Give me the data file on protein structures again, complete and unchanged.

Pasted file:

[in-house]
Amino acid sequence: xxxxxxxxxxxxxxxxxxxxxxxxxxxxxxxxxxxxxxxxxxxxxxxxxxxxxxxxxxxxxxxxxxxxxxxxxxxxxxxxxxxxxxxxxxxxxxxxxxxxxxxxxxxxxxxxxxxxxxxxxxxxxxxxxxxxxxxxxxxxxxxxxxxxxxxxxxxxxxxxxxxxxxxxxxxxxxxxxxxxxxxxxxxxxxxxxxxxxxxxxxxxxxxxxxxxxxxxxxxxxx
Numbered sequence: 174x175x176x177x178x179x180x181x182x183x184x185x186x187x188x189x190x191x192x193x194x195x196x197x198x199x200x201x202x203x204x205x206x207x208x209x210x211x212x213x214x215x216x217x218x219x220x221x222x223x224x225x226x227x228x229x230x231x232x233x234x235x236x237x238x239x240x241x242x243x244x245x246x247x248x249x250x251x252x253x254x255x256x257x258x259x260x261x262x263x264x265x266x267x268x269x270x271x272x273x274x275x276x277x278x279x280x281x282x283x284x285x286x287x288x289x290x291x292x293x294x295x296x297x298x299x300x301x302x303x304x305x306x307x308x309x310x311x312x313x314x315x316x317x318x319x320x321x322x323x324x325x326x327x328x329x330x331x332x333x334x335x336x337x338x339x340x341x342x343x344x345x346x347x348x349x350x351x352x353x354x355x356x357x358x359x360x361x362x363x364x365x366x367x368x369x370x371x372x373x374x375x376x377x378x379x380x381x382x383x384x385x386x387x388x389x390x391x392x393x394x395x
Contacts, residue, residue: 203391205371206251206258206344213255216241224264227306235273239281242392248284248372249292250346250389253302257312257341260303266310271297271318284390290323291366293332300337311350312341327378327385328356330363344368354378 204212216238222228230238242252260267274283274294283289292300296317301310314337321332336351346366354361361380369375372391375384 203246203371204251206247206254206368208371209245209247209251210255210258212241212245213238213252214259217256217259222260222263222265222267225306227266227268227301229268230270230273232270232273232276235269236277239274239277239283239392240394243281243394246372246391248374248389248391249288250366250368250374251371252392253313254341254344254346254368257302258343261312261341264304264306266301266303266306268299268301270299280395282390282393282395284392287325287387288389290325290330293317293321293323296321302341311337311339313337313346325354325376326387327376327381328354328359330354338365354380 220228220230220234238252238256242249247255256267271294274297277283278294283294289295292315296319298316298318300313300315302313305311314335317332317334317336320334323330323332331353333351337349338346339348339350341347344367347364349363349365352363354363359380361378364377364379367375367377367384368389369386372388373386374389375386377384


[in-house]
Amino acid sequence: xxxxxxxxxxxxxxxxxxxxxxxxxxxxxxxxxxxxxxxxxxxxxxxxxxxxxxxxxxxxxxxxxxxxxxxxxxxxxxxxxxxxxxxxxxxxxxxxxxxxxxxxxxxxxxxxxxxxxxxxxxxxxxxxxxxxxxxxxxxxxxxxxxxxxxxxxxxxxxxxxxxxxxxxxxxxxxxxxxxxxxxxxxxxxxxxxxxxxxxxxxxxxxxxxxxxxxxxxxxxxx
Numbered sequence: 174x175x176x177x178x179x180x181x182x183x184x185x186x187x188x189x190x191x192x193x194x195x196x197x198x199x200x201x202x203x204x205x206x207x208x209x210x211x212x213x214x215x216x217x218x219x220x221x222x223x224x225x226x227x228x229x230x231x232x233x234x235x236x237x238x239x240x241x242x243x244x245x246x247x248x249x250x251x252x253x254x255x256x257x258x259x260x261x262x263x264x265x266x267x268x269x270x271x272x273x274x275x276x277x278x279x280x281x282x283x284x285x286x287x288x289x290x291x292x293x294x295x296x297x298x299x300x301x302x303x304x305x306x307x308x309x310x311x312x313x314x315x316x317x318x319x320x321x322x323x324x325x326x327x328x329x330x331x332x333x334x335x336x337x338x339x340x341x342x343x344x345x346x347x348x349x350x351x352x353x354x355x356x357x358x359x360x361x362x363x364x365x366x367x368x369x370x371x372x373x374x375x376x377x378x379x380x381x382x383x384x385x386x387x388x389x390x391x392x393x394x395x
Contacts, residue, residue: 203391205371206251206258206344213255216241224264227306235273239281242392248284248372249292250346250389253302257312257341260303266310271297271318284390290323291366293332300337311350312341327378327385328356330363344368354378 204212216238222228230238242252260267274283274294283289292300296317301310314337321332336351346366354361361380369375372391375384 203246203371204251206247206254206368208371209245209247209251210255210258212241212245213238213252214259217256217259222260222263222265222267225306227266227268227301229268230270230273232270232273232276235269236277239274239277239283239392240394243281243394246372246391248374248389248391249288250366250368250374251371252392253313254341254344254346254368257302258343261312261341264304264306266301266303266306268299268301270299280395282390282393282395284392287325287387288389290325290330293317293321293323296321302341311337311339313337313346325354325376326387327376327381328354328359330354338365354380 220228220230220234238252238256242249247255256267271294274297277283278294283294289295292315296319298316298318300313300315302313305311314335317332317334317336320334323330323332331353333351337349338346339348339350341347344367347364349363349365352363354363359380361378364377364379367375367377367384368389369386372388373386374389375386377384